Malin has appointed three directors to the board of 3D4Medical, including John Herlihy, former head of Google Ireland, and Kelly Martin. Moore has also been promised the support of Malin advisors, who include a senior surgeon at Yale University Hospital, a former US Food and Drug Administration commissioner and a senior Cambridge biologist. With some of those guys watching his back, Moore doesn’t see any problems getting a foot in the door of top US hospitals to promote his new product range.
“We have a significant reach into the hospital, the regulatory and the academic communities,” explains Malin’s chairman, John Given, also an Elan veteran. “It will allow 3D4Medical to combine their wealth of expertise with the cutting edge platform and resources we offer to bring their business forward.”
Malin was formed in 2015 to acquire shares in pharmaceutical, medical device and other promising young healthcare companies. Its backers include an Irish government agency. Malin’s IPO raised more than €300m, which it recently topped up with a €42 million private placement. There are no plans to raise any further funds in the short term, says Given.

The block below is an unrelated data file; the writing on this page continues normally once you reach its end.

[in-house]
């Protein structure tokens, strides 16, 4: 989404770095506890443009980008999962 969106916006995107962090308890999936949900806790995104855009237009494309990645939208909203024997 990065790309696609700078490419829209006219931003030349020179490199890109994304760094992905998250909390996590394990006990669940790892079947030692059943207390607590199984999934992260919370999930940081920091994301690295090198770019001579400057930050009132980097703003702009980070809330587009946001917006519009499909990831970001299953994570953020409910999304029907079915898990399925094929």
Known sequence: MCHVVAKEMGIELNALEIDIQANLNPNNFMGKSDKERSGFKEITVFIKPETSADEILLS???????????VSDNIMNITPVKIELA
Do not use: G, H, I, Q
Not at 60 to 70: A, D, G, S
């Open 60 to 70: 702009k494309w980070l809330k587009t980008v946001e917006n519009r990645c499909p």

At first glance, 3D4Medical hardly appears to fit the profile of a target for a healthcare venture capitalist. Instead, one might expect to see it in the portfolio of a publishing or software specialist. However, Given disagrees. “Health information on mobile devices is the new norm,” he says. “We would see 3D4 Medical as quite a natural progression for us to step into medical technology. It was an area in which we had contemplated investing, so when 3D4 presented themselves we thought it looks pretty ideal.”
Curiously, another of Moore’s technology bedfellows in the Malin stable is a robot, used for disinfecting hospitals. Further Spielberg analogies are becoming hard to resist.